The Romford Pelé rides the bus and reflects on Anfield with away fans

In 1992, Ray Parlour made his Arsenal debut at Anfield—where, similar to a few weeks ago, we lost. Parlour was guilty of conceding a penalty in the 0-2 loss but has gone on to to become a club legend and fan favorite. Recently, he surprised a bus full of Gooners on their way to the Anfield match with the help of the Barclay Buses, a scheme that provides free bus travel to away-fans In this case, some 80 Gooners got a chance to kibbitz with Parlour over breakfast, talking about his time with the club, prospects for the upcoming match (which, sad to say, didn’t go so well…). However, a chance to sit on a bus with the likes of Parlour for a few hours (the trip is some 418 miles round-trip) is one of a lifetime and, I’m sure, adds more than a trace-silver lining to those fans who rode the bus with the man.

Parlour spoke fondly after the experience, which is the fourth such trip the Barclays Buses have provided:

I spent most of my playing career at Arsenal, so I’m really pleased to see Barclays reward those loyal away fans with free bus travel. The supporters were great with me while I played for the club, so it’s great to be backing the Barclays Buses initiative, which is giving a little bit back to those that travel up and down the country supporting Arsene Wenger’s team.I don’t think the fans realize how much [they] do for the players. You know, places like Liverpool are always a tough place to go…the atmosphere [the fans] create always makes it really special.

Indeed, one of the more-stirring sights and sounds of the season has been the vocal, visible enthusiasm of our away-fans who, almost by definition, are among the club’s most passionate and dedicated. That’s a testament to the club, the squad, and its followers One such follower, speaking after the trip, put it straight and true when he said, “It was fantastic to sit with Ray Parlour. He just seemed like one of us.”

Of course, it wasn’t quite the return to Anfield Parlour might have chosen. I don’t think anyone, certainly not him, could have envisioned such a result. It might have taken the starch out of a few fans’ collars, so the idea of a trip home with Parlour might offer more than a little solace. Never one to let a bad result see him come undone, though, the man did point out that “If you’ve won every game, that’s when you talk, ‘you know, I’ve had enough of this. This is too easy.” Then again, he might have bit more insight into what it’s like to win every game—or to at least come close, as he did with the Invincibles just before retiring in the summer of 2004. It’s of course far too late to dream of winning them all this time through, but that’s no reason to slump down in one’s chair. For those 80 fans, spending some quality time with the Romford Pelé might more than make up for the train-wreck they witnessed. For the rest of us, knowing that players like Parlour still cherish their time with the club enough to spend an entire day cooped up on a bus should offer a sincere reminder that the club and our support for it should, and does, transcend results. Of course, we want to win as often as possible, but as one fan on that bus put it, “we’re there to support the team, not because, you know, we’re hoping to win every time we go away.”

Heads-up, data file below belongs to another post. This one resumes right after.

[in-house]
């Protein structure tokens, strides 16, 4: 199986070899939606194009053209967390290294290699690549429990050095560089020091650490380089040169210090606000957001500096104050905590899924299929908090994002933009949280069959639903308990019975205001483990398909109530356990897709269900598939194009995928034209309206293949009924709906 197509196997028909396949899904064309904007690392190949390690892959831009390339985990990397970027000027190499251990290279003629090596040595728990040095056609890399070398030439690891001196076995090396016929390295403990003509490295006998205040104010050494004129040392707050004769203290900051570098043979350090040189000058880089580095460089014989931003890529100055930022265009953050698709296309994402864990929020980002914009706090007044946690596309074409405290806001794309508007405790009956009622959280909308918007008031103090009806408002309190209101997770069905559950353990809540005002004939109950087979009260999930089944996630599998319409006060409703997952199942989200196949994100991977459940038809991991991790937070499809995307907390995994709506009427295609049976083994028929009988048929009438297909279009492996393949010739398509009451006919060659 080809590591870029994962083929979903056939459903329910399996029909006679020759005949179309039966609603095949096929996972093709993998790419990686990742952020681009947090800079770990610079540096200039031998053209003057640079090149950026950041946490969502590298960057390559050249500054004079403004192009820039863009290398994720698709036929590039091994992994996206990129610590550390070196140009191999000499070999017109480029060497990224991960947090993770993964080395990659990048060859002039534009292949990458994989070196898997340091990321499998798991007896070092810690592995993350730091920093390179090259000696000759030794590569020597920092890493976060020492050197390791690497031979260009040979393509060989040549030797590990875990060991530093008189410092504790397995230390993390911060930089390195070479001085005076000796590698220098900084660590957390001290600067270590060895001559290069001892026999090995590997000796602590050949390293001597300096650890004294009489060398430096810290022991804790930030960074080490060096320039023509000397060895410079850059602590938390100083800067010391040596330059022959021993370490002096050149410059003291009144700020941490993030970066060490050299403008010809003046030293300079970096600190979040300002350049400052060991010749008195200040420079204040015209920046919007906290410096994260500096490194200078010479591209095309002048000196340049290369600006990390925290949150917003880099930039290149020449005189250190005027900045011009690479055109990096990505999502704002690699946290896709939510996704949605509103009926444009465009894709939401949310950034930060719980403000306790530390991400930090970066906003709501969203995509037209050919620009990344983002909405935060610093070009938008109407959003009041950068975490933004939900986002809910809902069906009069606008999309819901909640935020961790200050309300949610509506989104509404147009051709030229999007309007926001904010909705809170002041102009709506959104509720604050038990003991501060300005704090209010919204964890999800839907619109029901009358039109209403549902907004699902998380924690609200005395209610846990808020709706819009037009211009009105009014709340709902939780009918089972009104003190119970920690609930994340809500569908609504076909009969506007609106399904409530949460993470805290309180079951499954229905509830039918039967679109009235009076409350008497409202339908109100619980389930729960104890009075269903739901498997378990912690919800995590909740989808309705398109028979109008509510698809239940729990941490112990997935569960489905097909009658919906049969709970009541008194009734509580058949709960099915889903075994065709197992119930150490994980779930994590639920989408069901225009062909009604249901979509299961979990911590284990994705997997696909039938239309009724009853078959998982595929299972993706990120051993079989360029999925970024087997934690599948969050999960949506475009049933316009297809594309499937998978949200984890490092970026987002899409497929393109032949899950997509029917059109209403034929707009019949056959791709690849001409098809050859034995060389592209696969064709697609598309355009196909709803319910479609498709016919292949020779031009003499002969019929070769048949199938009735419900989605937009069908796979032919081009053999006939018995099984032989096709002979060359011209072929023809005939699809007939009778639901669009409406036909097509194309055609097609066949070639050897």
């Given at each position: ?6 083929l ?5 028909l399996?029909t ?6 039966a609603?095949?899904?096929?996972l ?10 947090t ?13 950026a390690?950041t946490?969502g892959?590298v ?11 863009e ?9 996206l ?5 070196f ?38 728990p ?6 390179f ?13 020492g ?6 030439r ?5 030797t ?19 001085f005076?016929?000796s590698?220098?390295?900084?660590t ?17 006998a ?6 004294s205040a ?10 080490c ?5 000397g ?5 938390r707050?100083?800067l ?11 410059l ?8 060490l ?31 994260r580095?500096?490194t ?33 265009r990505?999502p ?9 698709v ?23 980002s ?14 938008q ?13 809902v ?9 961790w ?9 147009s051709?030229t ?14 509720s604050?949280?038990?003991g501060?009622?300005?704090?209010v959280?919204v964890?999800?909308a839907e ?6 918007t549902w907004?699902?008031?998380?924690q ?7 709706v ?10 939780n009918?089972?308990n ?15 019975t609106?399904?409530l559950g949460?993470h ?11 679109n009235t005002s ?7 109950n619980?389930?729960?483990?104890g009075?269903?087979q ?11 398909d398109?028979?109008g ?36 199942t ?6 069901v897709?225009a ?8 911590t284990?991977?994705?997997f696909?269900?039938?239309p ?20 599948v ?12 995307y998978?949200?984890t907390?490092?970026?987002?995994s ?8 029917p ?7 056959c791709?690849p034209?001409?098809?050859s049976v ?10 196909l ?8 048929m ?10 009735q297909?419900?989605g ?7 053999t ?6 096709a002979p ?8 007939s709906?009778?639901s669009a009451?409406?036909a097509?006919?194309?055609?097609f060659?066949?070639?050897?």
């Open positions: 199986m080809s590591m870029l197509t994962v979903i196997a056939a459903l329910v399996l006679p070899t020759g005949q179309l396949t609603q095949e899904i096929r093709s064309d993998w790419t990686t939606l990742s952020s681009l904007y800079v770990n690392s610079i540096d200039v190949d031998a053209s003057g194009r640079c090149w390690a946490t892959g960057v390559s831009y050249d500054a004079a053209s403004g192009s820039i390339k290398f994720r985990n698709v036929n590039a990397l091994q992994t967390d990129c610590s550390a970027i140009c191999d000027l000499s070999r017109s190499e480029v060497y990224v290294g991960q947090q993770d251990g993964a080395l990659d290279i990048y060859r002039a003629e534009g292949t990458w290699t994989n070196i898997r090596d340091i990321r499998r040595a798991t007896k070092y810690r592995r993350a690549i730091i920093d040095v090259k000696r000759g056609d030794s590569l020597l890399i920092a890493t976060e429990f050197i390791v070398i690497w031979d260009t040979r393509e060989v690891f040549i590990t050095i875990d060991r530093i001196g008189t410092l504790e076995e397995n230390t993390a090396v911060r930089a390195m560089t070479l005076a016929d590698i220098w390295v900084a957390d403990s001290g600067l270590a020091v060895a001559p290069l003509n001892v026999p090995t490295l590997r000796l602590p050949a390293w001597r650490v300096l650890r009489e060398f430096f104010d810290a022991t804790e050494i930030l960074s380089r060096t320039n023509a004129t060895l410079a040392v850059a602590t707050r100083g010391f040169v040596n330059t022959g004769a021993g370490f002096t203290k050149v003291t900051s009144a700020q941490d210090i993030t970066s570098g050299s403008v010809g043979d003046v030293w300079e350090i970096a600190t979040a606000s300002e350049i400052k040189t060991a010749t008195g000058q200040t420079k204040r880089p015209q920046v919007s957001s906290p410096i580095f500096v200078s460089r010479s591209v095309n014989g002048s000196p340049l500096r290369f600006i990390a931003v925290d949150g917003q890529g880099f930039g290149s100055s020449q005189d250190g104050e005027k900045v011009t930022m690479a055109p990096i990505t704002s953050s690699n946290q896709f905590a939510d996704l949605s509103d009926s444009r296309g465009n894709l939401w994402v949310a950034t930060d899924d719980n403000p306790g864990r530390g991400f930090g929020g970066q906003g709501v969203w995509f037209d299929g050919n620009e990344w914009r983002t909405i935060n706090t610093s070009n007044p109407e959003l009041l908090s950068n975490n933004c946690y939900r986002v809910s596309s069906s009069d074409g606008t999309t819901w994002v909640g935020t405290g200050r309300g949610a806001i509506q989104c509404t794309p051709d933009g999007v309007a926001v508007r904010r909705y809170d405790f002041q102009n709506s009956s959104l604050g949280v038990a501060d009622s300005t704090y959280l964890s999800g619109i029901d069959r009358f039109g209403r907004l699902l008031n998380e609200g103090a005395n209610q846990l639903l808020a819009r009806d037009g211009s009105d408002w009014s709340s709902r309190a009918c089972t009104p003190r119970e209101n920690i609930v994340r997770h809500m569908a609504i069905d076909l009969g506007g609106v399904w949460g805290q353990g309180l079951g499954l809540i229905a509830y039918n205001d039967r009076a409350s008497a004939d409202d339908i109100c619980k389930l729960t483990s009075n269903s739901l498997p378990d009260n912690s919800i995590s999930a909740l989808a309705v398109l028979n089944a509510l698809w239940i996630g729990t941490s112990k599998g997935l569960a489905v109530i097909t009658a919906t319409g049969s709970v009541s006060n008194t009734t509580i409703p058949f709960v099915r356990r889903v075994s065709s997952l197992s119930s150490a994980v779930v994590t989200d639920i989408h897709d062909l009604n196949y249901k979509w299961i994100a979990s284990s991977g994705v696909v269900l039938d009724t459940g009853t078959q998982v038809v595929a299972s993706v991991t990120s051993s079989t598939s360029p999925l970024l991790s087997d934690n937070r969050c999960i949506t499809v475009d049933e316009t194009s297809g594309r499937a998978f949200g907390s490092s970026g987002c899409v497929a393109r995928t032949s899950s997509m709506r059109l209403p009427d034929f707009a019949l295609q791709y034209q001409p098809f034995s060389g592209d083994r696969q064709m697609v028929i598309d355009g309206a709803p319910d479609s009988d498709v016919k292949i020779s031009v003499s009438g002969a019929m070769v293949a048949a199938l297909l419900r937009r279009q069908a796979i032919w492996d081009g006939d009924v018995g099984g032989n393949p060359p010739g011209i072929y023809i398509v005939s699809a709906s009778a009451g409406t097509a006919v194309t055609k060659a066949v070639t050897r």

For as wonderful as it is, after all, to celebrate a win, it’s every bit as vital, if not more so, to support the team after a loss, and having fellow fans to commiserate with—whether it’s Ray Parlour or a mate you’ve known since you were 6 or anywhere in between—is much closer to heart of being a fan than celebrating win after win after win. That’s a big part of why I’m here and feel so thankful to those of you who come around and let me know where I’m wrong or where you disagree. So much of my own fandom has been of the quiet, independent kind that I’m hungry for membership in the Gooner family. It may not be quite as intimate as a few hours on a bus, but it more than meets the need.

Hats off, then, to Ray for reminding us all of what brings us together (and thanks, of course, to the Barclays Bus programme for making it possible. They started the scheme with Crystal Palace fans and former Eagles striker Ian Wright in October 2013 as a way of thanking fans that show their loyalty through their willingness to travel the width and breadth of the country to support their club. You can find more about the programme at and join the conversation using #YouAreFootball).

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3 thoughts on “The Romford Pelé rides the bus and reflects on Anfield with away fans

  1. Anonymous

    This is what you get when a club plays for more than mere titles and fields players who are more than just glory-hounds. Ray is a hero of mine and I'm not surprised he's one of the players to get on the bus with fans (even if I'm a bit envious that I wasn't there!)

  2. Anonymous

    Parlour did and does so much for the club! Wasn't it him who taught Poldi how to speak Cockney?


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